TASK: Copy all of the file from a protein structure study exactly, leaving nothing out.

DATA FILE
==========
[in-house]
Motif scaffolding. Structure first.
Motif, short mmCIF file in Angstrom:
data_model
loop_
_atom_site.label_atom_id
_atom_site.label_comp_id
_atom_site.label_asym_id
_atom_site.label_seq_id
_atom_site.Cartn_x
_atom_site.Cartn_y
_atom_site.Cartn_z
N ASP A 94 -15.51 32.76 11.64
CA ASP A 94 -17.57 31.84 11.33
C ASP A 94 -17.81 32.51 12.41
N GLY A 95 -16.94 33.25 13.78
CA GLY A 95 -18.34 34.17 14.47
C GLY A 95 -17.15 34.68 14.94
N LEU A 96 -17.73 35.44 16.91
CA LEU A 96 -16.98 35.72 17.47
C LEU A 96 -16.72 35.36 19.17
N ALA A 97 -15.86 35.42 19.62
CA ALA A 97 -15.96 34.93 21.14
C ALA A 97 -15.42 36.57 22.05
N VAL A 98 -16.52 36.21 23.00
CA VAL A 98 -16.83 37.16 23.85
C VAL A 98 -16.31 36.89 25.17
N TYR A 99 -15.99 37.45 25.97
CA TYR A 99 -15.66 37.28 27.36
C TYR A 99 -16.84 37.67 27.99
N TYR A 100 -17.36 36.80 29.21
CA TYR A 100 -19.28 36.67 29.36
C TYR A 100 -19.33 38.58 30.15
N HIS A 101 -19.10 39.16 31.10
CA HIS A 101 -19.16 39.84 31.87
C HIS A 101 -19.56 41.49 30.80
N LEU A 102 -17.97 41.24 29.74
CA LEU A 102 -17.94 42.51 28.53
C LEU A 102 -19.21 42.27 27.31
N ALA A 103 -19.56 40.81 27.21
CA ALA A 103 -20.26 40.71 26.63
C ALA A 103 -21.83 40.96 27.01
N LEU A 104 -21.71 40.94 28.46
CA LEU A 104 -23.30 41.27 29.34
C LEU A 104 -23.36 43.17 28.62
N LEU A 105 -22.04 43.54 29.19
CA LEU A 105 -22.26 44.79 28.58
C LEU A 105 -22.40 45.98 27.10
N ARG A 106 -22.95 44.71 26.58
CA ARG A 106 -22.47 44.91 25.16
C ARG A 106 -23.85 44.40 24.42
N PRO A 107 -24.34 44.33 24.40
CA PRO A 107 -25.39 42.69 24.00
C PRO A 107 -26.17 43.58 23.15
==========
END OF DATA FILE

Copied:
[in-house]
Motif scaffolding. Structure first.
Motif, short mmCIF file in Angstrom:
data_model
loop_
_atom_site.label_atom_id
_atom_site.label_comp_id
_atom_site.label_asym_id
_atom_site.label_seq_id
_atom_site.Cartn_x
_atom_site.Cartn_y
_atom_site.Cartn_z
N ASP A 94 -15.51 32.76 11.64
CA ASP A 94 -17.57 31.84 11.33
C ASP A 94 -17.81 32.51 12.41
N GLY A 95 -16.94 33.25 13.78
CA GLY A 95 -18.34 34.17 14.47
C GLY A 95 -17.15 34.68 14.94
N LEU A 96 -17.73 35.44 16.91
CA LEU A 96 -16.98 35.72 17.47
C LEU A 96 -16.72 35.36 19.17
N ALA A 97 -15.86 35.42 19.62
CA ALA A 97 -15.96 34.93 21.14
C ALA A 97 -15.42 36.57 22.05
N VAL A 98 -16.52 36.21 23.00
CA VAL A 98 -16.83 37.16 23.85
C VAL A 98 -16.31 36.89 25.17
N TYR A 99 -15.99 37.45 25.97
CA TYR A 99 -15.66 37.28 27.36
C TYR A 99 -16.84 37.67 27.99
N TYR A 100 -17.36 36.80 29.21
CA TYR A 100 -19.28 36.67 29.36
C TYR A 100 -19.33 38.58 30.15
N HIS A 101 -19.10 39.16 31.10
CA HIS A 101 -19.16 39.84 31.87
C HIS A 101 -19.56 41.49 30.80
N LEU A 102 -17.97 41.24 29.74
CA LEU A 102 -17.94 42.51 28.53
C LEU A 102 -19.21 42.27 27.31
N ALA A 103 -19.56 40.81 27.21
CA ALA A 103 -20.26 40.71 26.63
C ALA A 103 -21.83 40.96 27.01
N LEU A 104 -21.71 40.94 28.46
CA LEU A 104 -23.30 41.27 29.34
C LEU A 104 -23.36 43.17 28.62
N LEU A 105 -22.04 43.54 29.19
CA LEU A 105 -22.26 44.79 28.58
C LEU A 105 -22.40 45.98 27.10
N ARG A 106 -22.95 44.71 26.58
CA ARG A 106 -22.47 44.91 25.16
C ARG A 106 -23.85 44.40 24.42
N PRO A 107 -24.34 44.33 24.40
CA PRO A 107 -25.39 42.69 24.00
C PRO A 107 -26.17 43.58 23.15